• Home
  • News
  • Business
  • Walmart profits rise on strong sales from wealthier shoppers

Walmart profits rise on strong sales from wealthier shoppers



Scroll down to read more


Image: Walmart Picture Gallery

Walmart reported higher profits Thursday behind solid gains at US stores as the retail giant pointed to increased purchases by wealthier shoppers and improving e-commerce sales.

Profits more than tripled to 5.1 billion USD for the quarter ending April 30 on a six percent rise in revenues to 161.5 billion USD. Earnings in the 2023 period were dented by exceptional losses in equity investments.

The results, which topped analyst estimates, lifted shares, which rose 6.3 percent in morning trading.

The improved sales to wealthier shoppers reflect a focus on affordable pricing and convenience, as well as a greater attention to products such as fresh food, company executives said on a conference call.

"We are not trying to chase higher-income cohort sales, we just offer value," said Chief Executive Doug McMillon.

The company splits shoppers into three income groups: below 50,000 dollars in annual income; between 50,000 and 100,000 dollars; and above 100,000 dollars, with each comprising about a third of the customer base, said Chief Financial Officer John David Rainey.

"The word we've been using here is convenience," Rainey said. "We are not just a play for value anymore."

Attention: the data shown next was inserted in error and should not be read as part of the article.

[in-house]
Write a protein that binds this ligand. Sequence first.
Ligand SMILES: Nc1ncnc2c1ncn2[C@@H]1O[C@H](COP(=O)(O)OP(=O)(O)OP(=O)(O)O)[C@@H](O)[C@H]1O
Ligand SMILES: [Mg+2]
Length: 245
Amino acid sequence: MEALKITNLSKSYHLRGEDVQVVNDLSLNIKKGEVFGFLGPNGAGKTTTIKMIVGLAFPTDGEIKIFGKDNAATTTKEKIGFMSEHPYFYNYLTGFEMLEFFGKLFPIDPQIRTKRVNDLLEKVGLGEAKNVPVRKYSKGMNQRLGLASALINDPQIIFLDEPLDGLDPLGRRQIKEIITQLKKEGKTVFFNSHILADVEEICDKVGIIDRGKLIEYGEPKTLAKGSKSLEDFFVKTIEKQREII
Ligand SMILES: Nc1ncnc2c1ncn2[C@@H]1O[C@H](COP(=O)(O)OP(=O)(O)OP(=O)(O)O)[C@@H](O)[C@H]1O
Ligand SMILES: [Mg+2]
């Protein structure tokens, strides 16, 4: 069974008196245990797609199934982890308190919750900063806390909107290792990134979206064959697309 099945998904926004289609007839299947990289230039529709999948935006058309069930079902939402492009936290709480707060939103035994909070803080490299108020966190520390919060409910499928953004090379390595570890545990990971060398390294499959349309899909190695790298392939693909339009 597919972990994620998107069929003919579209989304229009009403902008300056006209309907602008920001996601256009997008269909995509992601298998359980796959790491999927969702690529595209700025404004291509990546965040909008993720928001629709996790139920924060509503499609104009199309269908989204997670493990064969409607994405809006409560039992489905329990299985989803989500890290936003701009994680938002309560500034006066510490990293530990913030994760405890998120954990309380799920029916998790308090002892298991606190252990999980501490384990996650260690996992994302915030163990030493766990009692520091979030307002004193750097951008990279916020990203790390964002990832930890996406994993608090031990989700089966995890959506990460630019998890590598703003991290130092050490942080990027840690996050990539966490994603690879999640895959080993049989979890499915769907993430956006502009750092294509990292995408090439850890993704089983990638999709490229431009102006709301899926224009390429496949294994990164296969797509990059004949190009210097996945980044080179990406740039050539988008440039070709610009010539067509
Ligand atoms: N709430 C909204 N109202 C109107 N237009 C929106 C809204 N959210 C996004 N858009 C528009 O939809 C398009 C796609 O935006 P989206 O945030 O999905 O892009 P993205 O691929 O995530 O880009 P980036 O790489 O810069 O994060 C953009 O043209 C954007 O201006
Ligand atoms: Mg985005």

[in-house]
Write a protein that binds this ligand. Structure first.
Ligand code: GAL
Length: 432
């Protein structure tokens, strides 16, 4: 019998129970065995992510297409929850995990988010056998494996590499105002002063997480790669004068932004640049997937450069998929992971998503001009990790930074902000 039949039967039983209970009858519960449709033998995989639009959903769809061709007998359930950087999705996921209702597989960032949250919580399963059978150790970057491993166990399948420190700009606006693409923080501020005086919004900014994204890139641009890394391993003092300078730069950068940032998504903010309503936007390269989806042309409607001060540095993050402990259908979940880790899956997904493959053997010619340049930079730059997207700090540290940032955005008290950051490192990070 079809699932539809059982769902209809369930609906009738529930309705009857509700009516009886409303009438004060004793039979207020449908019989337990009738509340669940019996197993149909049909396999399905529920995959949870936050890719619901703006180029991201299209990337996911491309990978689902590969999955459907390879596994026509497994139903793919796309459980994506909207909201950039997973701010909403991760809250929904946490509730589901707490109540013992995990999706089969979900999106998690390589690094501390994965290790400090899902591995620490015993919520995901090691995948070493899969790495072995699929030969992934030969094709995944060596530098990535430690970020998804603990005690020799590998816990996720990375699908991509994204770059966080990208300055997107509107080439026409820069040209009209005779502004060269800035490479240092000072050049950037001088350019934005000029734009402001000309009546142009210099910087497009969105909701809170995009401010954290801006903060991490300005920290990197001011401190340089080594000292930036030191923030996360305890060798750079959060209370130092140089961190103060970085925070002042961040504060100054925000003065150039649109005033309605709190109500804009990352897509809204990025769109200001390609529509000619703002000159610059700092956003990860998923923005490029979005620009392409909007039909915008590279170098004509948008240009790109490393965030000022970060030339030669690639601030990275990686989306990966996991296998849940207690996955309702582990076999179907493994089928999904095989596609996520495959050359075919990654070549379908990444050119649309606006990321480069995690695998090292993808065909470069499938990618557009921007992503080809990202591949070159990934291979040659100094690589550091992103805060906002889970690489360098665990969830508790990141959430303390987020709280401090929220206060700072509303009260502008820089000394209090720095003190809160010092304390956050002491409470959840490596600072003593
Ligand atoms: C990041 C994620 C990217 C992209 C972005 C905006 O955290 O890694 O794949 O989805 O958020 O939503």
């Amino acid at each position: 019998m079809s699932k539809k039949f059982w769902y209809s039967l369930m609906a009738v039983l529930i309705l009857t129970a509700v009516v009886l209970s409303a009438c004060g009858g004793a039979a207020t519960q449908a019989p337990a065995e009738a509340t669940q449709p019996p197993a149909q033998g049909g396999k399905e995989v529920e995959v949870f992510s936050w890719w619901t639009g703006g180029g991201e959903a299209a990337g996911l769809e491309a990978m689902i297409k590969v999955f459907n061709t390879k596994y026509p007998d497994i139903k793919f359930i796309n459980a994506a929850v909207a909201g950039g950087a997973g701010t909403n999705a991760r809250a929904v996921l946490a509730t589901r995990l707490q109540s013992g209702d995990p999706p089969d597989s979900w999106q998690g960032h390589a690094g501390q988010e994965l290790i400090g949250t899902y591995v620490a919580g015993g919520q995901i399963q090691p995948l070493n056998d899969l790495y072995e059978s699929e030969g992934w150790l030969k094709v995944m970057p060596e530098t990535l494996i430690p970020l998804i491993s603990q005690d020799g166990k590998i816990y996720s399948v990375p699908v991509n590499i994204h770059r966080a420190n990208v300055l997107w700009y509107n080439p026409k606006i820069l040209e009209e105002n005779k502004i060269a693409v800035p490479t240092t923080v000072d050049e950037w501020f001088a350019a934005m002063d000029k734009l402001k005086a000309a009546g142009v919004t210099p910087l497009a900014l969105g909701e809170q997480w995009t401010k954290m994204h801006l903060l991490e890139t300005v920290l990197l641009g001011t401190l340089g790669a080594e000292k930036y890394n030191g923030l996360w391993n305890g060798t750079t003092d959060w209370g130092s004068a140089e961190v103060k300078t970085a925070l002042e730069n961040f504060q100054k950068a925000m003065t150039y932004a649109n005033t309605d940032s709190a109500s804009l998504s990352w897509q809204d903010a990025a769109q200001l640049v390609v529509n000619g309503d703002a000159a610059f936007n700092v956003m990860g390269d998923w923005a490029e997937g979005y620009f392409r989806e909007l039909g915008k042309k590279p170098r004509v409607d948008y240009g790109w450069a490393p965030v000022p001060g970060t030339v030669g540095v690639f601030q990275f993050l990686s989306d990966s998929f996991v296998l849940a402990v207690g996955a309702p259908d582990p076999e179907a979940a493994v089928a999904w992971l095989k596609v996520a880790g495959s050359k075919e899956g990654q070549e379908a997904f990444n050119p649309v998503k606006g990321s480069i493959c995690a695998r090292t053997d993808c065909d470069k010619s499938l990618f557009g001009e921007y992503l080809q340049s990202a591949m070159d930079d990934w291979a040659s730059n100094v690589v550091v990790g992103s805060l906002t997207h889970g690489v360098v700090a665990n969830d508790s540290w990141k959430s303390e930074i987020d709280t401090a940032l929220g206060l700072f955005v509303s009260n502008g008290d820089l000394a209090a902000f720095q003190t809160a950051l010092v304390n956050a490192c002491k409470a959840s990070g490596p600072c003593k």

But Rainey noted that many consumers are still strapped for cash due to inflation, which has lingered and resulted in generally higher prices compared with the pre-pandemic economy.

"Many consumer pocketbooks are still stretched," Rainey said. "We see the effect of this in our business is that they're spending more of their paychecks on non-discretionary categories and less on general merchandise."

Smaller losses in e-commerce

The company has invested heavily in e-commerce, which can be accessed by in-store pickup or through delivery benefits under a subscription program intended to rival Amazon's Prime membership.

Global e-commerce sales grew 21 percent. Executives said the business is still not profitable, but is moving closer towards positive earnings as it works to reduce delivery costs.

While Walmart has made clear its long-term commitment to e-commerce, the company in April pulled the plug on Walmart Health, which had operated 51 health centers in five US states.

"We determined there is not a sustainable business model for us to continue," Walmart said on April 30 of the venture, which included health services in rural communities.

Walmart maintained many of its full-year projections, but said sales and operating income were on track to be at the high end or slightly above the original forecast.

The company expects full-year sales to rise between three and four percent. Neil Saunders, managing director of Global Data, praised Walmart's "strong" results, pointing to data showing the company has gained more shoppers among consumers earning over 100,000 dollars over the last three years, as compared with those in other income categories.

"While most higher income shoppers are satisfied with Walmart, the chain still has opportunities to deepen its relationship with them," said Saunders, pointing to the affordably priced, premium bettergoods food label as a promising new product line.(AFP)

Executive Management